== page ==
People looking to better their health and diet can spend so much time and money on what they eat, but unfortunately, if your body is not able to absorb it, it becomes a complete waste. Each of us have a highly intelligent system at work in our bodies that regulates what tasks our bodies will prioritise. This system is called the autonomic nervous system (ANS) and can be divided into 2 parts:

  1. Sympathetic 
  2. Parasympathetic

Sympathetic Nervous System (SNS)

This system has evolved to be able to help us survive situations that we have deemed to be dangerous. Imagine an ancestor is sitting in an almost dark cave, when suddenly a growl is heard in the darkness. Suddenly their heart begins to race, their breath rate increases and becomes shallower, the pupils dilate, the mouth gets dry as they start to get ready to run or fight. In this moment, the body’s priority has become survival. 

You too may have had an acute experience with the sympathetic nervous system being dominant. Maybe before a test or a big meeting in which you were very nervous or even scared. You may experience diarrhea or the need to run to the bathroom to vomit. This is because your SNS has decided that the body needed to de-prioritise digestion and simply evacuate the body of food.

The reason that non-essential bodily functions are slowed or shut down (such as the immune and digestive system) is so that your body can reserve energy needed by vital organs like the heart and lungs. In this state, your body can concentrate on taking action that will alleviate the danger.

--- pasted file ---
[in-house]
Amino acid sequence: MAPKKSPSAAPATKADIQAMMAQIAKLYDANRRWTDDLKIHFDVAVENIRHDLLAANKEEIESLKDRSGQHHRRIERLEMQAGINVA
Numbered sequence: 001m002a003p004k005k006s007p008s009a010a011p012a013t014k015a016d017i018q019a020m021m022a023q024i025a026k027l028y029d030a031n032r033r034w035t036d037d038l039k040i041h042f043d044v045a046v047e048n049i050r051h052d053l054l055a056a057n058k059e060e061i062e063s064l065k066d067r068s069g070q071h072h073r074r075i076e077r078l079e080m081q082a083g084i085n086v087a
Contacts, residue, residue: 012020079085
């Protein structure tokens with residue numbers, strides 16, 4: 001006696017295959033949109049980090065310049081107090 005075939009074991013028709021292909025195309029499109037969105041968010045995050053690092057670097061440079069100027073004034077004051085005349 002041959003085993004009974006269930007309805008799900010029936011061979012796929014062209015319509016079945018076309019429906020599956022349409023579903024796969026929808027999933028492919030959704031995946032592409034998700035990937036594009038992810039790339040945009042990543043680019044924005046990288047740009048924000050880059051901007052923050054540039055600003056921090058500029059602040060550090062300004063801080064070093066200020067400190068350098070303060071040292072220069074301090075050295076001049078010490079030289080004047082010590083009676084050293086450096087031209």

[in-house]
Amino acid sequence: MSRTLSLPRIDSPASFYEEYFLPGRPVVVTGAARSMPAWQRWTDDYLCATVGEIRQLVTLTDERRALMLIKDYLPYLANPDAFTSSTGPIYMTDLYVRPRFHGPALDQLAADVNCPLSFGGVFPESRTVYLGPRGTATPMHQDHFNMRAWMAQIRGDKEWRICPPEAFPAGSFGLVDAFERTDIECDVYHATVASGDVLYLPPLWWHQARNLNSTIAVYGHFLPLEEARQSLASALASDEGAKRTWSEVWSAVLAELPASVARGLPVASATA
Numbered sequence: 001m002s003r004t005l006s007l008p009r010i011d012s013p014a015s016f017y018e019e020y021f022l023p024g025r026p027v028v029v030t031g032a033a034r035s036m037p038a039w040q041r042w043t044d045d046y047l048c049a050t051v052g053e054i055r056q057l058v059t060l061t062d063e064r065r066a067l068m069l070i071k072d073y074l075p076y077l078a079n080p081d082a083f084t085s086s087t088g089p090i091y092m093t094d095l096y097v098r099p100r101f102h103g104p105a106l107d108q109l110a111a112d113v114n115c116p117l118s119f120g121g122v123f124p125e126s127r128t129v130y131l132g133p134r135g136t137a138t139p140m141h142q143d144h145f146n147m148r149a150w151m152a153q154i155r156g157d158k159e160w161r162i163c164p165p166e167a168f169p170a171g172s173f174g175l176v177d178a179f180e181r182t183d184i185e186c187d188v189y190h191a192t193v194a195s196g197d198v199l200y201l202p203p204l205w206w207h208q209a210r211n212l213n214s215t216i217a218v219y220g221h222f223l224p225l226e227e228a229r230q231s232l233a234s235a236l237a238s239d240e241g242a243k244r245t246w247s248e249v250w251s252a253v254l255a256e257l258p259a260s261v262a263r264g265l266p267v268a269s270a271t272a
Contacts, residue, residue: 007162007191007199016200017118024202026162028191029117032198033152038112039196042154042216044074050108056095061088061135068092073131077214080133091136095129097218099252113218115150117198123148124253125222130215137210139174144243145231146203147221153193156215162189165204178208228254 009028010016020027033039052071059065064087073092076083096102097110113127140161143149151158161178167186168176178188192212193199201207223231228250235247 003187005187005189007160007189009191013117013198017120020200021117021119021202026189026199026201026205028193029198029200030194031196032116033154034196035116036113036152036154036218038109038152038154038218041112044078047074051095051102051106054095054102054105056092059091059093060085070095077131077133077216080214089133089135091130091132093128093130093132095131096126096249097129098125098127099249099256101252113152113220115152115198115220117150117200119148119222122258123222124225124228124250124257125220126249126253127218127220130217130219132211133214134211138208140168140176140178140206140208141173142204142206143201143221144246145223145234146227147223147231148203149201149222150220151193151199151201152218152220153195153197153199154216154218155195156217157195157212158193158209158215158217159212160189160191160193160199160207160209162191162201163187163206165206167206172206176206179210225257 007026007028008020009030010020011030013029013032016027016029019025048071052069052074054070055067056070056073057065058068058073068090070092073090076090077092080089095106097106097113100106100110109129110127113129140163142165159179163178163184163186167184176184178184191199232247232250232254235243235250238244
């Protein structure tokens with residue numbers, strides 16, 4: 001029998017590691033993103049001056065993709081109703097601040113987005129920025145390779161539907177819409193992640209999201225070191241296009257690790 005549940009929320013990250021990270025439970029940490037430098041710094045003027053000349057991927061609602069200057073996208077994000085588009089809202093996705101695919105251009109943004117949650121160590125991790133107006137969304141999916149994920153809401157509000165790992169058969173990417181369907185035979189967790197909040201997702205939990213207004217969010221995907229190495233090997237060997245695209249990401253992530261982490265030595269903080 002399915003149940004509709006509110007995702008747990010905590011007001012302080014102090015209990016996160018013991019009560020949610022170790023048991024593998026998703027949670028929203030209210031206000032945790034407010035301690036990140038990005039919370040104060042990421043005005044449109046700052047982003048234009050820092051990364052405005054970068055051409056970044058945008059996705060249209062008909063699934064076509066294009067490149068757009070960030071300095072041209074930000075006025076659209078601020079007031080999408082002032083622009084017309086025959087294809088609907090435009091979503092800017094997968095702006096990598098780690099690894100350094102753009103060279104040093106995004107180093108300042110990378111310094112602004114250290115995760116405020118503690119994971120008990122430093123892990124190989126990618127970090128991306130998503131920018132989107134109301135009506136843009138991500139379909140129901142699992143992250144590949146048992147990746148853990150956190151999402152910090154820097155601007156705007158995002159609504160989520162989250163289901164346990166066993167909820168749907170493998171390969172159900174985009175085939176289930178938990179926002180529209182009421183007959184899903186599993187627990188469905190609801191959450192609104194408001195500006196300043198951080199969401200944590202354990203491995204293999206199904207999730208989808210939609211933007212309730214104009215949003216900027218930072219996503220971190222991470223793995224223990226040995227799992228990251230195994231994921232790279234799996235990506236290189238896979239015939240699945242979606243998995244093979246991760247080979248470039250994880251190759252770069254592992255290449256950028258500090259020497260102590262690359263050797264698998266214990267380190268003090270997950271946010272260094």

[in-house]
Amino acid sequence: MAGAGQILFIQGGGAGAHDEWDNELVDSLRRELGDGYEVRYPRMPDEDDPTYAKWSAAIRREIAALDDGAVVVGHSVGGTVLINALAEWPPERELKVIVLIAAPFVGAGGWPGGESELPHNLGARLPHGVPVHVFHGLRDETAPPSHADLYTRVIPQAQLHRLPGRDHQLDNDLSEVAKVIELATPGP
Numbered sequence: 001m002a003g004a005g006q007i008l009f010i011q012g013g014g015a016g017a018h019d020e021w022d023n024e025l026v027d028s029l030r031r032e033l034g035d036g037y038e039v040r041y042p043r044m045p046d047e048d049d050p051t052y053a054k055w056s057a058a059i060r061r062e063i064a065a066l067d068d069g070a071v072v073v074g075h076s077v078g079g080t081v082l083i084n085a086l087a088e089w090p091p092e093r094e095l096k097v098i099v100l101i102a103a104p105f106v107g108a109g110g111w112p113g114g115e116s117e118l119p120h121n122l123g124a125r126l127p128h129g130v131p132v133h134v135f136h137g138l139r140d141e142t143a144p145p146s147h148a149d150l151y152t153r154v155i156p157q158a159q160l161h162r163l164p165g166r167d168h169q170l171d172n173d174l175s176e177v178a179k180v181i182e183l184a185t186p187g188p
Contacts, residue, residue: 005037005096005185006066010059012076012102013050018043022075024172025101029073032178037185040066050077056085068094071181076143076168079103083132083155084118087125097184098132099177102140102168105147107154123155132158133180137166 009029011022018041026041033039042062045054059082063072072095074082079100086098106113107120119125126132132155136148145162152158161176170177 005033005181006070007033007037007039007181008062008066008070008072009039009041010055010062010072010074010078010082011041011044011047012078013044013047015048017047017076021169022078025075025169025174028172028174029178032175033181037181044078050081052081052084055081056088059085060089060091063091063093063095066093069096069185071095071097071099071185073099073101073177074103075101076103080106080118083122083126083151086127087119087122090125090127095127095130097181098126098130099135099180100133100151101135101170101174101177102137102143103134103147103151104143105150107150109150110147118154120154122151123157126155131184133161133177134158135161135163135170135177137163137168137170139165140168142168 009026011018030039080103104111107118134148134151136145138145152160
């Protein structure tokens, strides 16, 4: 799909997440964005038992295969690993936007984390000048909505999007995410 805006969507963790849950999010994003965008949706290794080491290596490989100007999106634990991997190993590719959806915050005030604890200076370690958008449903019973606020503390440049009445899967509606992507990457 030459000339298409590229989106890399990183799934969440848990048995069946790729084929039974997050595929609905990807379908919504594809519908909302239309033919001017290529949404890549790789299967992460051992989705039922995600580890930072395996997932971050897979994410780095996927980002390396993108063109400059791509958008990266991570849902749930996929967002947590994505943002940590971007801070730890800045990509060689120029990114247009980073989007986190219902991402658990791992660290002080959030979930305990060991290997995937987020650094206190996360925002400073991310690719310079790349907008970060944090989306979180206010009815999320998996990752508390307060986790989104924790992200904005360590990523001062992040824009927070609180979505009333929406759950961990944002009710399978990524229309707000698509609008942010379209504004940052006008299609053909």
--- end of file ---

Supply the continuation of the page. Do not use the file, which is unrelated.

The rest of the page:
In short term situations, the SNS is extremely useful and can guarantee our survival. A problem starts to appear is if the SNS is continually running in the background due to prolonged worry, stress or fear. We are generally exposed to many stresses in a modern life such as deadlines, needing to meet high expectations from ourselves or others, relationships with family or partners, financial security, maintaining appearance or comparison on social media, just to name a few.

Research suggests that chronic stress contributes to high blood pressure, promotes the formation of artery-clogging deposits, and causes brain changes that may contribute to anxiety, depression, and addiction. More preliminary research suggests that chronic stress may also contribute to obesity, both through direct mechanisms (causing people to eat more) or indirectly (decreasing sleep and exercise).

You can read more about what negative effects prolonged stress has on the body here:

Parasympathetic Nervous System (PNS)


This is the system that is running when we are relaxed and are feeling safe. Often it is associated with the term; “Rest and Digest”. This is sometimes known as the relaxation response, as it affects the entire body. All of the body’s housekeeping tasks are now prioritised. The body focuses on digestion, the immune system and healing. A lot of the rebalancing of the body occurs during sleep. In order for a restive rejuvenating sleep, it is necessary to feel at ease and the PNS be dominant.

Digestions function is to break down what you eat into an absorbable form. This is then carried to your cells for energy and nourishment. PNS stimulates digestion through increasing the blood flow directly to your digestive tract. Your salivary gland is stimulated; increasing the saliva that contains enzymes which begins the digestion process. Peristalsis (the movement of food through our bowels) is increased and rather than using glucose for fuel (as with the SNS), your body fat is utilized via the parasympathetic system. Without a properly functioning PNS, it becomes more difficult to store and burn body fat.